Federal Health Care Fraud Defense Lawyers for Drug Enforcement Administration (DEA) Matters
The Drug Enforcement Administration (DEA) is among the numerous federal agencies involved in regulating the health care market and with responsibility for investigating and prosecuting cases of suspected health care fraud. Within the health care industry, the DEA’s primary focus is on the prescription, distribution, and administration of prescription medications, and its authority extends over physicians, pharmacists, clinics, hospitals, hospices, and other providers who deal in controlled prescription drugs.
The Help You Need to Deal with the DEA
Oberheiden & McMurrey LLP is a national health care fraud defense law firm that represents clients in DEA and other federal matters. Our team includes nationally-recognized defense lawyers and former federal prosecutors who have successfully represented clients in a broad array of cases, including cases involving allegations ranging from Medicare and Tricare billing violations to the illegal distribution of prescription medications. Regardless of the specific issue at hand, any matter involving the DEA needs to be taken extremely seriously, as the potential penalties for prescription-related health care offenses can include exorbitant fines and years in federal prison. In many cases, DEA investigations will lead to multiple counts of alleged civil or criminal offenses, leading to multi-million-dollar exposure and the potential for an effective life sentence.
The DEA regulates all health care providers whose practices involve prescription medications, and all companies and practitioners that deal in prescription medications must have a DEA Certificate of Registration. Registration with the DEA is not automatic, and DEA registrations can be revoked. In addition to representing DEA registrants in civil and criminal enforcement matters, we also routinely assist clients with issues pertaining to DEA registration and renewal.
“I’m not typically one to post reviews but felt my experience needed to be heard publicly. [Oberheiden & McMurrey LLP] is unlike your stereotypical law firm. Their level of professionalism, dedication and sensitivity to me and my situation made me feel comfortable and confident I was in the right hands. Hopefully I won’t find myself in a situation where I’d need law services again[,] but if I did they would be the first I’d call.” – Satisfied Client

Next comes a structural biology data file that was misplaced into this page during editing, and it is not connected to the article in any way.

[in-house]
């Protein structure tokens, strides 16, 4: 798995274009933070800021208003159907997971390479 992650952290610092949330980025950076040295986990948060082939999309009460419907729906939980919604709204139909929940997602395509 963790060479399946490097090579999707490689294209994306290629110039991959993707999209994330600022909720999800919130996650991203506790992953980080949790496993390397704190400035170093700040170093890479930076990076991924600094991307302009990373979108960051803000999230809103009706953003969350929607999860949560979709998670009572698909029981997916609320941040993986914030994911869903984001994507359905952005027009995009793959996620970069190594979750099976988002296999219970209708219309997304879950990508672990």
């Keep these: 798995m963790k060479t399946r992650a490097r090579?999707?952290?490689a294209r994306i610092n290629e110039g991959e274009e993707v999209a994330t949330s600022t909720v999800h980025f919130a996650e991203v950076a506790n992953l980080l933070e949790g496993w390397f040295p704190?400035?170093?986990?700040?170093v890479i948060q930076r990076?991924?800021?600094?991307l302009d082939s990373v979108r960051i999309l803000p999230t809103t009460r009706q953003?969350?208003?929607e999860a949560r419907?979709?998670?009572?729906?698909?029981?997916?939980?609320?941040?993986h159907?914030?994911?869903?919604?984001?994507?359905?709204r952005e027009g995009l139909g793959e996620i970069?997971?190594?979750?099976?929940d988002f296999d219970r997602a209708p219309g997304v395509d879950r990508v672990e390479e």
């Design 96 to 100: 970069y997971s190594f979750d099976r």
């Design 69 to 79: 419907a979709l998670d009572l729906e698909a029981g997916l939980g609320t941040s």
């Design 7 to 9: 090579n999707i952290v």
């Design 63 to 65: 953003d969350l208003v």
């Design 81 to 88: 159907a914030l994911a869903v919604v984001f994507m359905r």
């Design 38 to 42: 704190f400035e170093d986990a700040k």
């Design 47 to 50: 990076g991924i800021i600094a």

“I hired Nick Oberheiden and [Oberheiden & McMurrey LLP] to defend me in a criminal healthcare matter. From the first moment I met with Nick[,] I knew that he [would] get me the help I need[ed]. . . . No charges. Case Dismissed.” – Satisfied Client
Experienced Representation for All Health Care-Related DEA Matters
Our defense attorneys and former federal prosecutors represent DEA registrants and other health care providers nationwide in all DEA-related matters. The scope of our DEA practice includes:
The DEA routinely audits registered health care providers for compliance with the Controlled Substances Act (CSA) and various other federal laws and regulations. Although many of these audits are conducted at random, the DEA can also inquire into a provider’s business or practice as a result of a tip received from a patient or other provider (such as a pharmacist concerned about a doctor’s prescription practices), or as a result of “anomalies” in a provider’s prescription rates and federal benefit program billing practices.
If you have received a DEA Form 82 (Notice of Inspection of Controlled Premises) or an administrative inspection warrant, it is imperative that you seek legal representation promptly. Providers have important rights during DEA audits and inspections, and you need to try to make sure that the DEA’s inquiry does not lead to further government investigation.
DEA agents work closely with prosecutors at the U.S. Department of Justice (DOJ) and other agencies to prosecute health care providers suspected of fraud and other crimes involving the prescription, distribution, and administration of prescription drugs. When defending against these types of allegations, it is critical to have legal representatives with a thorough understanding of Current Procedural Terminology (CPT) and ICD9/ICD10 coding guidelines, as lawyers without adequate knowledge of the health care billing system for federal program participants will need to spend time getting up to speed before they can begin building a strategic defense. At Oberheiden & McMurrey LLP, all of our health care fraud defense attorneys have extensive knowledge of the applicable medical and legal policies and procedures, and we are able to hit the ground running to quickly protect our clients in criminal DEA enforcement matters.